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Picnic for Area Refugees Helps Newcomers Assimilate

A volunteer helps a Tanzanian family A family from Congo receives some help from volunteer Martha Rabbani at the picnic. (Photo: Serena S.Y. Hsu | Flatland)
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1 minute read

When Ahmad al-Abboud brought his wife and five children to the United States from war-torn Syria, he carried with him a vision of this country — of scantily clad people kissing in the streets — he feared would clash with his conservative Muslim culture.

But what he found upon settling in Kansas City in April was a kind, welcoming community, like the one at the picnic he attended Saturday at The Concourse Park at St. John Avenue and Benton Boulevard in Kansas City.

The event was meant to incorporate people like al-Abboud into the community, said Sophia Khan, founder of KC for Refugees, the organization that put on the picnic.

The day was part of her efforts to introduce refugees to Kansas Citians.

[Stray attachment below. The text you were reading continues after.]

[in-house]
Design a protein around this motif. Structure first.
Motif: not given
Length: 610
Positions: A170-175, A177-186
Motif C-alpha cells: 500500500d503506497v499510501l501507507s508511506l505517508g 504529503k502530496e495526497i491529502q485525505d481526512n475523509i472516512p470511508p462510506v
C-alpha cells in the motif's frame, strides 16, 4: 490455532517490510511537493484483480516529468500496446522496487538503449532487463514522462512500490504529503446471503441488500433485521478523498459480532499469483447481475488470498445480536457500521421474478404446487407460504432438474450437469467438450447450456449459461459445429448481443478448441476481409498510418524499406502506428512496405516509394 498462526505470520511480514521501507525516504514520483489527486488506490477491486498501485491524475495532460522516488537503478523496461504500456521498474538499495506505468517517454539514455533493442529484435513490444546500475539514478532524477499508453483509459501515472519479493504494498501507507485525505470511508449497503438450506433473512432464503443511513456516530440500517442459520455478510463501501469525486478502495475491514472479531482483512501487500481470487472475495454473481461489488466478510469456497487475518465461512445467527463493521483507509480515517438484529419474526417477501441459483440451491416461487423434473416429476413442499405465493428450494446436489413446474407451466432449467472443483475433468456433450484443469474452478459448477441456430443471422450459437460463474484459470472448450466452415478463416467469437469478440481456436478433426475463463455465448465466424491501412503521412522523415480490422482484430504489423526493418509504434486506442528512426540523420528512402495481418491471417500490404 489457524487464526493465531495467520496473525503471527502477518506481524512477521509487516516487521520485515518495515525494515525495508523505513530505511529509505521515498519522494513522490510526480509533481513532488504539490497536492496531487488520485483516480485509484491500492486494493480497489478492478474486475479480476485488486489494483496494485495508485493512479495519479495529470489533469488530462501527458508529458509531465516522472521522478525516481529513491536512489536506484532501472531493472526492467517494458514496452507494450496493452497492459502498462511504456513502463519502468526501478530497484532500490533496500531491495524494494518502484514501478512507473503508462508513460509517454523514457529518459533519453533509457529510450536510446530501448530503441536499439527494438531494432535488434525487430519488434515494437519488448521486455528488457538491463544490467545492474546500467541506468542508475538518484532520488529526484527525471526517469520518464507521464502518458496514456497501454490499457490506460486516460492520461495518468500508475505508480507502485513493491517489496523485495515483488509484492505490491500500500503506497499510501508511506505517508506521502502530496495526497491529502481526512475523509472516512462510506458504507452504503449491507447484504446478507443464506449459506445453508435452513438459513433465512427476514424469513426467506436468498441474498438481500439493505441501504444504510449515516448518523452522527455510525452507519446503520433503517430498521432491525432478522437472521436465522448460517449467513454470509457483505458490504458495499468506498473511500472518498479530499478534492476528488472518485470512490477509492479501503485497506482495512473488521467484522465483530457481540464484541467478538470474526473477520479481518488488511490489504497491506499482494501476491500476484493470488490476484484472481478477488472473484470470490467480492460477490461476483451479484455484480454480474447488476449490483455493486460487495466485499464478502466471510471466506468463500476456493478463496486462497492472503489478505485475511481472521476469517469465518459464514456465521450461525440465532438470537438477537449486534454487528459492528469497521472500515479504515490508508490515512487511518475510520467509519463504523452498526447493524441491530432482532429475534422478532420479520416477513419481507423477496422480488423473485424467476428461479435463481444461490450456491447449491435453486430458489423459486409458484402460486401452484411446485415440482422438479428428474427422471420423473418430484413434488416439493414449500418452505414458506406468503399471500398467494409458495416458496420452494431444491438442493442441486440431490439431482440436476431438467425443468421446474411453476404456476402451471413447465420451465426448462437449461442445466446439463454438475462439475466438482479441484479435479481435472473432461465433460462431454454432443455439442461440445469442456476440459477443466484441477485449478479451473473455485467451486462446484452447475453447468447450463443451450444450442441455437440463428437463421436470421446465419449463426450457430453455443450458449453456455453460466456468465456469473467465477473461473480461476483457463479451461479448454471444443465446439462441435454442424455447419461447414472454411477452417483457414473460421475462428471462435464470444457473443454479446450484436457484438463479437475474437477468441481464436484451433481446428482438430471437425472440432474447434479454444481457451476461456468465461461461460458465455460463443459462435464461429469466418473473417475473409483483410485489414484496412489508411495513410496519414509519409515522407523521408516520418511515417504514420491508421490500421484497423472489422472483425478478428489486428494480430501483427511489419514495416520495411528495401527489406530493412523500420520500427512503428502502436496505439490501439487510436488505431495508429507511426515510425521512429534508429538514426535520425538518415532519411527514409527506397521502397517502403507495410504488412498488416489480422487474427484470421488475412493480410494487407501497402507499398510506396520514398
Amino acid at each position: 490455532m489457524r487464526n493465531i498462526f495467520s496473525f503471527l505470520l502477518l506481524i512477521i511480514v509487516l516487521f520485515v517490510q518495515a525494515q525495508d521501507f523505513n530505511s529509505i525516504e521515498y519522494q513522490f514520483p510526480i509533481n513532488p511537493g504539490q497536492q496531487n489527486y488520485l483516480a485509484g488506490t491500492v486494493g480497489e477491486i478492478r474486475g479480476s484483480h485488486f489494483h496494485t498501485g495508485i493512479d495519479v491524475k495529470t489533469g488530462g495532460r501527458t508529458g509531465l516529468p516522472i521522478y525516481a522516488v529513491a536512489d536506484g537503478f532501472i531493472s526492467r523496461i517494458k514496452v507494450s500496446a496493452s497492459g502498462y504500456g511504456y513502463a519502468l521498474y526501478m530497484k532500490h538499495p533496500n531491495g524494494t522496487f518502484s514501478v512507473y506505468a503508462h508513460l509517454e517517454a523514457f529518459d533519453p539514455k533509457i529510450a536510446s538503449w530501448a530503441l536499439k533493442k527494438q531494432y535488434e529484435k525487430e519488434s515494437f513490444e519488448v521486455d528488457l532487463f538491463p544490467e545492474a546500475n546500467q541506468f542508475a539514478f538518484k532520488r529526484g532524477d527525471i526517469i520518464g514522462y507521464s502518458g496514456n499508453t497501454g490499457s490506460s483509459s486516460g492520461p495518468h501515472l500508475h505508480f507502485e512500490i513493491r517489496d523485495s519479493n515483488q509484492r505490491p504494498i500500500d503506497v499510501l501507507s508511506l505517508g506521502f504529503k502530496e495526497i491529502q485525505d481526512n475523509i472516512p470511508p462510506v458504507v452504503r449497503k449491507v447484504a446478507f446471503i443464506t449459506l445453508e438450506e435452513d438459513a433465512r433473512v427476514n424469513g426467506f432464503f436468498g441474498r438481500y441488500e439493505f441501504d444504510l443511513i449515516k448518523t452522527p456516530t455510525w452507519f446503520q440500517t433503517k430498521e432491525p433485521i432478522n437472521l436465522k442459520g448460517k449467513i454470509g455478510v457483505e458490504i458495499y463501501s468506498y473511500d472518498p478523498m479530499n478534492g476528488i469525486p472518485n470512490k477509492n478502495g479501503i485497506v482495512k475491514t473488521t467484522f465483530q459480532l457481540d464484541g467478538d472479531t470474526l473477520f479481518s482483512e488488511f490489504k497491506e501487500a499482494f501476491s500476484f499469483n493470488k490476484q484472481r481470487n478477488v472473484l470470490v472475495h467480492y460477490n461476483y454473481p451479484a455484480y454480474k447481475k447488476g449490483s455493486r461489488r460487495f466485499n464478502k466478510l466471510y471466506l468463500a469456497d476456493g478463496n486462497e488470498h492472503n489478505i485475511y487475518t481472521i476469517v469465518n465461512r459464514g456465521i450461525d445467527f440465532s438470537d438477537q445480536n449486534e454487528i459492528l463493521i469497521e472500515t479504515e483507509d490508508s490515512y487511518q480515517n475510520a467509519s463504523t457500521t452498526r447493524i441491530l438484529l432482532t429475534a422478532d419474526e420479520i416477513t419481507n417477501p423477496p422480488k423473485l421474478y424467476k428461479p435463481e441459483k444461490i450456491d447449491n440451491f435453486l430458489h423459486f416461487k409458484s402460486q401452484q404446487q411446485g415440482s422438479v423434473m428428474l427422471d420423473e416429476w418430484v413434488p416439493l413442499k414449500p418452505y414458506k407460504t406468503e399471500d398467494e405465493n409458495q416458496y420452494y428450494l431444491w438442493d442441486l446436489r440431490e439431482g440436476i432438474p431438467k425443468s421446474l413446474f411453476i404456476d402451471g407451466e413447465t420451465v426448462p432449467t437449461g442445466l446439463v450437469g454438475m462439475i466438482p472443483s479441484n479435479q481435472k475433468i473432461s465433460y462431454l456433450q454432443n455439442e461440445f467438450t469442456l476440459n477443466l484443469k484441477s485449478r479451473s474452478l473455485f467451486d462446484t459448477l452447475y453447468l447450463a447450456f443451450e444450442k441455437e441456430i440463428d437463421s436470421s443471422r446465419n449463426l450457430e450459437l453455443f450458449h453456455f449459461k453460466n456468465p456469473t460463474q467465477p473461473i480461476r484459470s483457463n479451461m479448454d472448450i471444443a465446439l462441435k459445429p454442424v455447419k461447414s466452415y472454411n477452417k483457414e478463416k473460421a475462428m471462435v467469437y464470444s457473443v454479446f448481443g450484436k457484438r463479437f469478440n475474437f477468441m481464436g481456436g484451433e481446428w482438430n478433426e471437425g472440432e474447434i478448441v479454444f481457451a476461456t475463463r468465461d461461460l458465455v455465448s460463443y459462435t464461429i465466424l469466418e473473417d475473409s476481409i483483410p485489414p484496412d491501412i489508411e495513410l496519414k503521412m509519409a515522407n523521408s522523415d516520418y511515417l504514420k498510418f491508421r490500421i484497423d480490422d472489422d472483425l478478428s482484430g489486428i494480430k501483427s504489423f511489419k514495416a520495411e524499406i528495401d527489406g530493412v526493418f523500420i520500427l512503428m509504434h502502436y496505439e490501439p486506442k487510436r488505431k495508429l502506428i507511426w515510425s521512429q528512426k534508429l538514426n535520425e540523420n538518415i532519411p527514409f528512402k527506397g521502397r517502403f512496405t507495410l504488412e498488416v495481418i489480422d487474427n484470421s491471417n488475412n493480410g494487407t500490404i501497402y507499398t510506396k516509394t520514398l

“They want to become part of the community, but you can imagine someone who was born in a camp in Congo,” she said. “The culture there was totally different, and it is hard to come here where everything is so advanced, and there is a certain level of expectations for the citizens.”

Through KC for Refugees, she also works to dispel any fear of refugees.

Khan encourages area youth to get involved in refugee settlement efforts. The local chapter of Muslim Youth of North America had a small picnic last year with the refugees, and the chapter helped organize this one as well.

“Whatever work we do, it has to be holding hands with our youth so it continues on to the next generation,” she said.

Middle schoolers from Pembroke Hill’s Justice Club brought supplies and activities to the picnic.

Their efforts included having a bake sale to raise funds for the event; bringing goodie bags for the refugee children; having a clothing drive; and purchasing soccer balls to give to the children.

Eleven-year-old Marlena Smith enjoyed making the young children feel welcome and watching them smile while playing with the bubbles and trying on shoes the students had brought for them.

Jiya Singh, also 11, said the children lit up when they received soccer balls and began kicking them around at the picnic. They don’t have to speak each other’s languages to get along and play together, she said.

KC for Refugees is an interfaith group, and others assisting with the picnic include members of St. Andrew’s Church, Oasis (an atheist organization) and The Temple, Congregation B’nai Jehudah.

—Tammy Worth is a freelance journalist based in Blue Springs, Missouri. Find more stories like this on

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